The United States is increasing pressure on Sudan to disarm Arab militias accused of committing atrocities in the country's western Darfur region. The U.N. Security Council is scheduled to vote Friday on a U.S.-sponsored resolution on Sudan.

The resolution demands that Sudan's government follow through on previous commitments to apprehend those responsible for atrocities in Darfur and to put them on trial. The most recent version of the draft deleted a prior reference to sanctions in the event of non-compliance. Instead, the document calls for measures provided for in Article 41 of the U.N. Charter, which specifies an array of economic measures at the world body's disposal.

U.S. Ambassador John Danforth suggested the alteration has no practical effect, except to make some Security Council members more comfortable with the wording of the resolution.

In Washington, State Department spokesman Adam Ereli said the U.S. message to Sudan is clear.

"Our purpose in bringing forth this resolution is to make clear to Sudan that the international community does not accept what is happening in Darfur, believes it is incumbent upon the Sudanese government to take action, specifies what that action is, and lays out possible consequences for not taking action," he said.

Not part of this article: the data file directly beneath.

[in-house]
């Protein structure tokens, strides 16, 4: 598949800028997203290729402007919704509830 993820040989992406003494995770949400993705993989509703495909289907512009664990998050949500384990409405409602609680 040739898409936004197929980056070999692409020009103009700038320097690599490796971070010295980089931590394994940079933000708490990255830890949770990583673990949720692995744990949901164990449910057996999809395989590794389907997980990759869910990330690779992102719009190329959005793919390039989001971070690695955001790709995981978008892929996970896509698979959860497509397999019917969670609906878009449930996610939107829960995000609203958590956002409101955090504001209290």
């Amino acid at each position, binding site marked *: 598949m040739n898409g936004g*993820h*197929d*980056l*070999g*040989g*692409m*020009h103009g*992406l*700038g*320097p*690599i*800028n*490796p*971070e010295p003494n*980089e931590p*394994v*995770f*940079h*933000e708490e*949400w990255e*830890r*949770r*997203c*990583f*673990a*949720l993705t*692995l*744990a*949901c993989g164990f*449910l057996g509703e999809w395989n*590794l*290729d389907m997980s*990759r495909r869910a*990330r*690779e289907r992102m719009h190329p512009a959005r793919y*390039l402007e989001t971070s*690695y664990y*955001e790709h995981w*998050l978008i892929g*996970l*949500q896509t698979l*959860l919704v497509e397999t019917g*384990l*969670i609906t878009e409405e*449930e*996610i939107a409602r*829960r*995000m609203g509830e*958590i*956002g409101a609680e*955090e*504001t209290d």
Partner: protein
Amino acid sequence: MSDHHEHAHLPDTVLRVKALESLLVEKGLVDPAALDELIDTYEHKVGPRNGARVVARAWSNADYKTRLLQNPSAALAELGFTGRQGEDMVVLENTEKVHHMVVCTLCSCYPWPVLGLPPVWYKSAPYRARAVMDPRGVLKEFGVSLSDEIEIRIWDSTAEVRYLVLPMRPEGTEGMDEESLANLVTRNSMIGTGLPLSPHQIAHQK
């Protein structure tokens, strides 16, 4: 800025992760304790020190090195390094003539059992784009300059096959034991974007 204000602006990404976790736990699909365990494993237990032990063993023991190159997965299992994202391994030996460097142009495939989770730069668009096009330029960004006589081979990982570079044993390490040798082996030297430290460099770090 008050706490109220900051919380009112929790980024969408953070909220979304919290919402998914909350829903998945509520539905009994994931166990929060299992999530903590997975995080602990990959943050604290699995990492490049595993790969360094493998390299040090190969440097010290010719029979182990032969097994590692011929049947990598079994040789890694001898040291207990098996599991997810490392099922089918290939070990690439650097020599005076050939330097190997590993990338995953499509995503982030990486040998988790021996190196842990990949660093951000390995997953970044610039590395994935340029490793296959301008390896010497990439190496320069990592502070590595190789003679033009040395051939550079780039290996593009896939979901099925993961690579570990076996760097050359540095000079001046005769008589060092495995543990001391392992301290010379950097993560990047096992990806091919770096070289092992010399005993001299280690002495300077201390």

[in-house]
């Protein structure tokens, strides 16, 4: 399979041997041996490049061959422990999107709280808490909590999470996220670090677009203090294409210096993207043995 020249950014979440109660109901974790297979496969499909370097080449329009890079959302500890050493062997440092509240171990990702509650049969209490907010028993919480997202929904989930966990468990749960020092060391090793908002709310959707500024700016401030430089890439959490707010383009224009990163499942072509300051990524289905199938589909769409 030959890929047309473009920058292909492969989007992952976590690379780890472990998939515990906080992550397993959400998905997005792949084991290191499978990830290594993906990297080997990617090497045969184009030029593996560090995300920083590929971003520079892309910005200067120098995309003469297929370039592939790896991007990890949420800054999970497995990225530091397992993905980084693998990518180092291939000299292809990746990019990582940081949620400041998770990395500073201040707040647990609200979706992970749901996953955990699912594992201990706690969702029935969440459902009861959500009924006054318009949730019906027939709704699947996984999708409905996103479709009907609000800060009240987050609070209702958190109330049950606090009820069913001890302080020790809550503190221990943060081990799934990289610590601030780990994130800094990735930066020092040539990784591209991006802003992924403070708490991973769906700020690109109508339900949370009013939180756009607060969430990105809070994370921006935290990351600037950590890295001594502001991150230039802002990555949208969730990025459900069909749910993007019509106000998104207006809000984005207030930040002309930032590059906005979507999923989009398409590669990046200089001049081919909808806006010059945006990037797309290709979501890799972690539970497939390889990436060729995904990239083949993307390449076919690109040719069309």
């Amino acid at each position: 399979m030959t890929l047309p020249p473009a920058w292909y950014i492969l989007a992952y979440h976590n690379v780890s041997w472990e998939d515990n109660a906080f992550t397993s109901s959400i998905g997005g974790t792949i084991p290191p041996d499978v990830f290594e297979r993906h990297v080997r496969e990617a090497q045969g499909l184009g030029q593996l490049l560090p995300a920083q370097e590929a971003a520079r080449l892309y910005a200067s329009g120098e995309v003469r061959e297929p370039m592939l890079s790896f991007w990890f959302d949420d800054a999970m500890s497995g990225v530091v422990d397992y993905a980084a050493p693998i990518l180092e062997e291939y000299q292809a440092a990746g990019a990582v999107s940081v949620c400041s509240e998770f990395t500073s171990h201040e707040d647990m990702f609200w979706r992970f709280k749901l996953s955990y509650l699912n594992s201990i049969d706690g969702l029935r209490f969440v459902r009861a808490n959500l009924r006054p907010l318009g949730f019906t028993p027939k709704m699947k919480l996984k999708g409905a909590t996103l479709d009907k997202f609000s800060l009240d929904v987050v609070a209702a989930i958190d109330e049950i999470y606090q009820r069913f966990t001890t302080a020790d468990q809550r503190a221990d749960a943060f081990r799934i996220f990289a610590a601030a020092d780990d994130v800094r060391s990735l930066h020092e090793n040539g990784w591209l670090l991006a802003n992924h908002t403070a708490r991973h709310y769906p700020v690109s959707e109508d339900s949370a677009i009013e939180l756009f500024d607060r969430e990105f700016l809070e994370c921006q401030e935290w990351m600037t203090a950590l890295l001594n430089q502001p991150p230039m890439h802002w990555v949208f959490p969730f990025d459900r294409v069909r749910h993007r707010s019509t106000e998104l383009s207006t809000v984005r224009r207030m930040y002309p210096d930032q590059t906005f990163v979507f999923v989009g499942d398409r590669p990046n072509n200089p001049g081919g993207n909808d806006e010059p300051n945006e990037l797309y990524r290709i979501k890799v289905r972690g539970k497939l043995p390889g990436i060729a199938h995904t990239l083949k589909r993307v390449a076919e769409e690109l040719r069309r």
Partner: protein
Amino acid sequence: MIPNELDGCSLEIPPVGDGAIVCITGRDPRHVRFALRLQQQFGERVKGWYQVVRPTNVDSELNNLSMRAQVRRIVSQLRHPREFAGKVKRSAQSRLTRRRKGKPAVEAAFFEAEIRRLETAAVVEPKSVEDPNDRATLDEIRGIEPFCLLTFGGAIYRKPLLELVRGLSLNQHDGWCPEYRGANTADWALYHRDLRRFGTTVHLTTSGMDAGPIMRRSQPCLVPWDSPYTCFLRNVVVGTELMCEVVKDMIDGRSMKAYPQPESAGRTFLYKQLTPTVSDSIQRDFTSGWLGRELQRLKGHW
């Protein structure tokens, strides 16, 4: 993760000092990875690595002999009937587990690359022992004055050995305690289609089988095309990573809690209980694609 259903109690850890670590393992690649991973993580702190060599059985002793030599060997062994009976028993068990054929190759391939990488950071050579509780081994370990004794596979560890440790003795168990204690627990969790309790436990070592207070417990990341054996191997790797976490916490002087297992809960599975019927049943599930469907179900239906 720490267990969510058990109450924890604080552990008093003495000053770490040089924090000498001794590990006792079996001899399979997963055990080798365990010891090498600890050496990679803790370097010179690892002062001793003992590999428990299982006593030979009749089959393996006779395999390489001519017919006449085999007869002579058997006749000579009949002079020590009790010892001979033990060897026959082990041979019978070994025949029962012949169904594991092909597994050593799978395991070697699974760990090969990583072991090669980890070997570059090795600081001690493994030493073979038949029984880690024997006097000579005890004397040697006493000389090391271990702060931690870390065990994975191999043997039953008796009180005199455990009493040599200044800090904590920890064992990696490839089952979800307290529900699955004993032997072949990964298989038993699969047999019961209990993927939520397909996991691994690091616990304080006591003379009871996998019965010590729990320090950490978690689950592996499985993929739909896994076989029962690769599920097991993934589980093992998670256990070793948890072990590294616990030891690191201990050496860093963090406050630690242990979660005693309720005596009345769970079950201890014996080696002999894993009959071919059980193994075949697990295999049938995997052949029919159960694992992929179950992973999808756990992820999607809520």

Meanwhile, the assistant administrator for humanitarian assistance at the U.S. Agency for International Development, Roger Winter, says the catastrophe in Darfur cannot be over-emphasized. Mr. Winter spoke at Washington's Foreign Press Center.

"It is a humanitarian disaster of the first magnitude," he said. "Our projection is that by the end of the year, in the neighborhood of 300,000 to 350,000 excess deaths will occur."

Those deaths would be in addition to the tens of thousands of people believed to have been killed in violence by Arab militias fighting to quell a 16-month rebellion.

Mr. Winter said hundreds of thousands of displaced people in Darfur lack adequate shelter, food and sanitation. And, he said, the killing continues. Mr. Winter held up a thick stack of papers he said were daily "incident reports" of attacks in Darfur, and described one alleged incident:

"In west Darfur, five women [were] attacked [while] trying to visit their home farm area to see any possibility of [salvaging] what is left of their goods and property," he said. "Two were raped. The other three had their genitals mutilated. It is this kind of violence that continues to go on. There is a lot of violence against women."

For its part, Sudan's government denies giving any support to the militias, and accuses Darfur rebels of fighting to overthrow the administration in Khartoum. Speaking with VOA by satellite phone, one rebel leader, Colonel Omar Adam, appeared to confirm the government's accusation, saying that the best way to solve the conflict is what he termed "regime change."